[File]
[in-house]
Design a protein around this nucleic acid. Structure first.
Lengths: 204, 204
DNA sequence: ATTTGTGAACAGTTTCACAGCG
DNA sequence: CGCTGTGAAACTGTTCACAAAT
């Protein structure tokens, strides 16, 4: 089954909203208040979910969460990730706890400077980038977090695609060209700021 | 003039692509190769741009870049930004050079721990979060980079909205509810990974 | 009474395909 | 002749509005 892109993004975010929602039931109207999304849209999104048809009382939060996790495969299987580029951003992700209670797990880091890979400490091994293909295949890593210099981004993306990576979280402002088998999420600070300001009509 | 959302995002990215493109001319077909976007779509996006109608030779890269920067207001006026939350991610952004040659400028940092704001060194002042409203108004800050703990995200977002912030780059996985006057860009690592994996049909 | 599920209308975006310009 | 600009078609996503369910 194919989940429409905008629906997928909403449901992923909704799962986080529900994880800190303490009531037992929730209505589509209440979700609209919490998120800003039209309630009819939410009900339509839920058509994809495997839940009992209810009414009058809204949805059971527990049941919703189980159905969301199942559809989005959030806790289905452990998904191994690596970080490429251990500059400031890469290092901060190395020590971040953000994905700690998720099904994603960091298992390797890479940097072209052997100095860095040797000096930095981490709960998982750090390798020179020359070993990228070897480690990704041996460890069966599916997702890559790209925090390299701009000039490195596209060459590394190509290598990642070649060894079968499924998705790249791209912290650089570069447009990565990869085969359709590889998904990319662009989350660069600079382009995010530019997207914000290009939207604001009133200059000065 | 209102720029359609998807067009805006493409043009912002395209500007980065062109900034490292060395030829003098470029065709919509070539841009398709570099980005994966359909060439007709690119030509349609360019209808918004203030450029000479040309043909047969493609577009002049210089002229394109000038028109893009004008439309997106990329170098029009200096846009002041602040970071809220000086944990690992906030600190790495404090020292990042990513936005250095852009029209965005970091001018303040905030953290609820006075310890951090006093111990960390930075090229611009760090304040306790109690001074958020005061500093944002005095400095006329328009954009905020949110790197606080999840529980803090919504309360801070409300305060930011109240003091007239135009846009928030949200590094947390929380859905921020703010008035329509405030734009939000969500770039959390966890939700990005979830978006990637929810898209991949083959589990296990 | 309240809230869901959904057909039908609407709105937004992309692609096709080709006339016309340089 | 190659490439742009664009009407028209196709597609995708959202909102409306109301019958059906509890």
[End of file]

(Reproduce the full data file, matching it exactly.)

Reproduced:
[in-house]
Design a protein around this nucleic acid. Structure first.
Lengths: 204, 204
DNA sequence: ATTTGTGAACAGTTTCACAGCG
DNA sequence: CGCTGTGAAACTGTTCACAAAT
């Protein structure tokens, strides 16, 4: 089954909203208040979910969460990730706890400077980038977090695609060209700021 | 003039692509190769741009870049930004050079721990979060980079909205509810990974 | 009474395909 | 002749509005 892109993004975010929602039931109207999304849209999104048809009382939060996790495969299987580029951003992700209670797990880091890979400490091994293909295949890593210099981004993306990576979280402002088998999420600070300001009509 | 959302995002990215493109001319077909976007779509996006109608030779890269920067207001006026939350991610952004040659400028940092704001060194002042409203108004800050703990995200977002912030780059996985006057860009690592994996049909 | 599920209308975006310009 | 600009078609996503369910 194919989940429409905008629906997928909403449901992923909704799962986080529900994880800190303490009531037992929730209505589509209440979700609209919490998120800003039209309630009819939410009900339509839920058509994809495997839940009992209810009414009058809204949805059971527990049941919703189980159905969301199942559809989005959030806790289905452990998904191994690596970080490429251990500059400031890469290092901060190395020590971040953000994905700690998720099904994603960091298992390797890479940097072209052997100095860095040797000096930095981490709960998982750090390798020179020359070993990228070897480690990704041996460890069966599916997702890559790209925090390299701009000039490195596209060459590394190509290598990642070649060894079968499924998705790249791209912290650089570069447009990565990869085969359709590889998904990319662009989350660069600079382009995010530019997207914000290009939207604001009133200059000065 | 209102720029359609998807067009805006493409043009912002395209500007980065062109900034490292060395030829003098470029065709919509070539841009398709570099980005994966359909060439007709690119030509349609360019209808918004203030450029000479040309043909047969493609577009002049210089002229394109000038028109893009004008439309997106990329170098029009200096846009002041602040970071809220000086944990690992906030600190790495404090020292990042990513936005250095852009029209965005970091001018303040905030953290609820006075310890951090006093111990960390930075090229611009760090304040306790109690001074958020005061500093944002005095400095006329328009954009905020949110790197606080999840529980803090919504309360801070409300305060930011109240003091007239135009846009928030949200590094947390929380859905921020703010008035329509405030734009939000969500770039959390966890939700990005979830978006990637929810898209991949083959589990296990 | 309240809230869901959904057909039908609407709105937004992309692609096709080709006339016309340089 | 190659490439742009664009009407028209196709597609995708959202909102409306109301019958059906509890």